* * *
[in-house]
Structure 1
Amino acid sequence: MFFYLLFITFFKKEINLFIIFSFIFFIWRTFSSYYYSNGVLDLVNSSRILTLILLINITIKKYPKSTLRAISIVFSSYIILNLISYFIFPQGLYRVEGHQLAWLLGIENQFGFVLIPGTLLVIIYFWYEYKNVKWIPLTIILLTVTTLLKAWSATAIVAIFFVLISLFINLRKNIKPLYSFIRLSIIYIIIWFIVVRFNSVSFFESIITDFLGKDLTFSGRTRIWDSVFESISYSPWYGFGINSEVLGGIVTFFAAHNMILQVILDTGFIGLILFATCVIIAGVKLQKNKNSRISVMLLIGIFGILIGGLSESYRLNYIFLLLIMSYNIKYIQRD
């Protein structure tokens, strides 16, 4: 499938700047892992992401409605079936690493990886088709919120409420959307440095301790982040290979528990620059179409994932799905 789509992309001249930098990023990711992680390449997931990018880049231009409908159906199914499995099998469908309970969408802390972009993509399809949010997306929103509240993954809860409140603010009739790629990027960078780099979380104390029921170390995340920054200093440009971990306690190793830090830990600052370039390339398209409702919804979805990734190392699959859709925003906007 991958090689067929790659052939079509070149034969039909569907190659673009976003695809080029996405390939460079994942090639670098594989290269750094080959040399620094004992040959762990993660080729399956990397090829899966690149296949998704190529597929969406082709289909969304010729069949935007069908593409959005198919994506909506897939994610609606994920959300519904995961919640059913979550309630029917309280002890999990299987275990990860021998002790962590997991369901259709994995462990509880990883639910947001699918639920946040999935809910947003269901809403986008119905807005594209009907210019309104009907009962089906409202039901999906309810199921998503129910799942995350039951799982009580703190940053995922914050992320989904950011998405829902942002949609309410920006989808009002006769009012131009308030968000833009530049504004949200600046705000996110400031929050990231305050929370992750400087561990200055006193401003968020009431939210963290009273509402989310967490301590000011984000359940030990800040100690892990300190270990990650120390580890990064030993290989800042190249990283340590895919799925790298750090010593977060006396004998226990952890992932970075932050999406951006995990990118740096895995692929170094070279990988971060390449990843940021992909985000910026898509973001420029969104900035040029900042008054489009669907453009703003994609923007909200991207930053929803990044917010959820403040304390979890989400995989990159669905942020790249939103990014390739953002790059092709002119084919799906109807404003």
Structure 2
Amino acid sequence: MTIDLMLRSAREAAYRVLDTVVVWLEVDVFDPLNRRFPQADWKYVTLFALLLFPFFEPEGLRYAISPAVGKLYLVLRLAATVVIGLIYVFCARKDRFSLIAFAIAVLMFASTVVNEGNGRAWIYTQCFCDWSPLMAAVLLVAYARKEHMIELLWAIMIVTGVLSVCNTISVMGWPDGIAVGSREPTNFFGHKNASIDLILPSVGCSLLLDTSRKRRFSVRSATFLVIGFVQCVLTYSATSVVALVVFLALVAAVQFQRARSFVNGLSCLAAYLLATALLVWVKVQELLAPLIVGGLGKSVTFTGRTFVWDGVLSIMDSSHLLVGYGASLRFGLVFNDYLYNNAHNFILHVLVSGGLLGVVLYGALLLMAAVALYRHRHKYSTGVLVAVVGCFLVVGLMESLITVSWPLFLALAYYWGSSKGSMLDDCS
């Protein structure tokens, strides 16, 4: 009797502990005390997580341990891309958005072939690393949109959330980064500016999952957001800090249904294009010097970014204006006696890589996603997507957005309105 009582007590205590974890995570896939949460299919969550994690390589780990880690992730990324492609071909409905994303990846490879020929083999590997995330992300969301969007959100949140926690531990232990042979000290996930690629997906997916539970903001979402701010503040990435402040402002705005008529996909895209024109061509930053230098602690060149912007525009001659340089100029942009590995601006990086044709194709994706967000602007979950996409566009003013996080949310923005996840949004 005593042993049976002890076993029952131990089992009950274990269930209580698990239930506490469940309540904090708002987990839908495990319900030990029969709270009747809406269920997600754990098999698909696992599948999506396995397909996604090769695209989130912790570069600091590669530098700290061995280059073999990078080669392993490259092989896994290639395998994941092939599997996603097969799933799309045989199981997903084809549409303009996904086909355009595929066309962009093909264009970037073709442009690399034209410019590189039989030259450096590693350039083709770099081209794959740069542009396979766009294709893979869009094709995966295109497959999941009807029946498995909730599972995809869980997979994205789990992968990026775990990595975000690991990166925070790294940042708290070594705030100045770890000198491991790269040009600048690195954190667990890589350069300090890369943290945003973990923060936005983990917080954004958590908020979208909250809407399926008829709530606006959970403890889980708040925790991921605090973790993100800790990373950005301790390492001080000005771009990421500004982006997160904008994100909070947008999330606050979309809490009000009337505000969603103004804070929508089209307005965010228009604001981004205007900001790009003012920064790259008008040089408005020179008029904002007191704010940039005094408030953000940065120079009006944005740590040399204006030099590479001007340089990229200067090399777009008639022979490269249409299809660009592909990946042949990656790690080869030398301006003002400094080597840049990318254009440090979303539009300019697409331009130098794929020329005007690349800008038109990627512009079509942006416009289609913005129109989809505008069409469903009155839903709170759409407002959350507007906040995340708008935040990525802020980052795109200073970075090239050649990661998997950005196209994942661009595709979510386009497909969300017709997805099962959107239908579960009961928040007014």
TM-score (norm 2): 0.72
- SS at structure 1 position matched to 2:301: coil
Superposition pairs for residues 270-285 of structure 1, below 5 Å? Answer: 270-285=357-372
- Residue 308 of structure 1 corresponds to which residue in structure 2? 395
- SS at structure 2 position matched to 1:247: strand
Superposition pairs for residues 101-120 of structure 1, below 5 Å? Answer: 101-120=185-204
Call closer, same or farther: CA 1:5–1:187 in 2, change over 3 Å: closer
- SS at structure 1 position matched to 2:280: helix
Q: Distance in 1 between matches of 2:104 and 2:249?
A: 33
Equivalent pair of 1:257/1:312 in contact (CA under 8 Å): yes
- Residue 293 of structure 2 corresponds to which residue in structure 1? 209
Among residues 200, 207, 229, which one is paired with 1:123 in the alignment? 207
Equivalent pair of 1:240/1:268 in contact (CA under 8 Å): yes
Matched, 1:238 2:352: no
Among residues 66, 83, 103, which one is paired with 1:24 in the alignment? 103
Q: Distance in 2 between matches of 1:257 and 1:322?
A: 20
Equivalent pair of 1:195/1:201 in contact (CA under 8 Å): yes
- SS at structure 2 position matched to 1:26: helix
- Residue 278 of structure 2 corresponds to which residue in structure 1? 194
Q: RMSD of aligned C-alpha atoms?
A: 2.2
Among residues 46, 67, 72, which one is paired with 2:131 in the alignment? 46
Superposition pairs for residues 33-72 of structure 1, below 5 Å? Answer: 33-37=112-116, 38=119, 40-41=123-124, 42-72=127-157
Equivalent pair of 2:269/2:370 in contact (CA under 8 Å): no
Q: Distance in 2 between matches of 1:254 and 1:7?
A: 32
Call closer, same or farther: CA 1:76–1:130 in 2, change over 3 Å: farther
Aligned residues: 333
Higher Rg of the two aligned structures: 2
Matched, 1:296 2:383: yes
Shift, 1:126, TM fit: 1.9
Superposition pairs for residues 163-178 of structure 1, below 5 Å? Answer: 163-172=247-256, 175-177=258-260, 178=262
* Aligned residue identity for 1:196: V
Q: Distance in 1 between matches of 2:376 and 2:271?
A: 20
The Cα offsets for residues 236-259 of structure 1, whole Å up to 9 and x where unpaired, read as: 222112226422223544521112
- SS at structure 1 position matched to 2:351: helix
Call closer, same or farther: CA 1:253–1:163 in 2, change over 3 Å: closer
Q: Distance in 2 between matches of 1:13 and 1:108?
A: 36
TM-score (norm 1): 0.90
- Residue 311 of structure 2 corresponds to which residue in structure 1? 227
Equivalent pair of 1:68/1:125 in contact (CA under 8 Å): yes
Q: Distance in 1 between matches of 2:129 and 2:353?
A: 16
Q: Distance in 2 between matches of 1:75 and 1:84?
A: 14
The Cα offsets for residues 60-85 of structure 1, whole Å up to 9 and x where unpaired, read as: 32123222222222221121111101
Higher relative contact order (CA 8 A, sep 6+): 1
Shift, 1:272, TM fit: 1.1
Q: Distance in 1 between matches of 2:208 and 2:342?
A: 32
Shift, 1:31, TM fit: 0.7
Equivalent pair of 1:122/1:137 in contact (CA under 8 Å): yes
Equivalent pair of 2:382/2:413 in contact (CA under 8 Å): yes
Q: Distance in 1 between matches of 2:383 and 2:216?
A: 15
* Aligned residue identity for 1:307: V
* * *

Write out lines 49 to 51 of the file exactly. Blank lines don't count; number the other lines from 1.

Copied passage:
A: 36
TM-score (norm 1): 0.90
- Residue 311 of structure 2 corresponds to which residue in structure 1? 227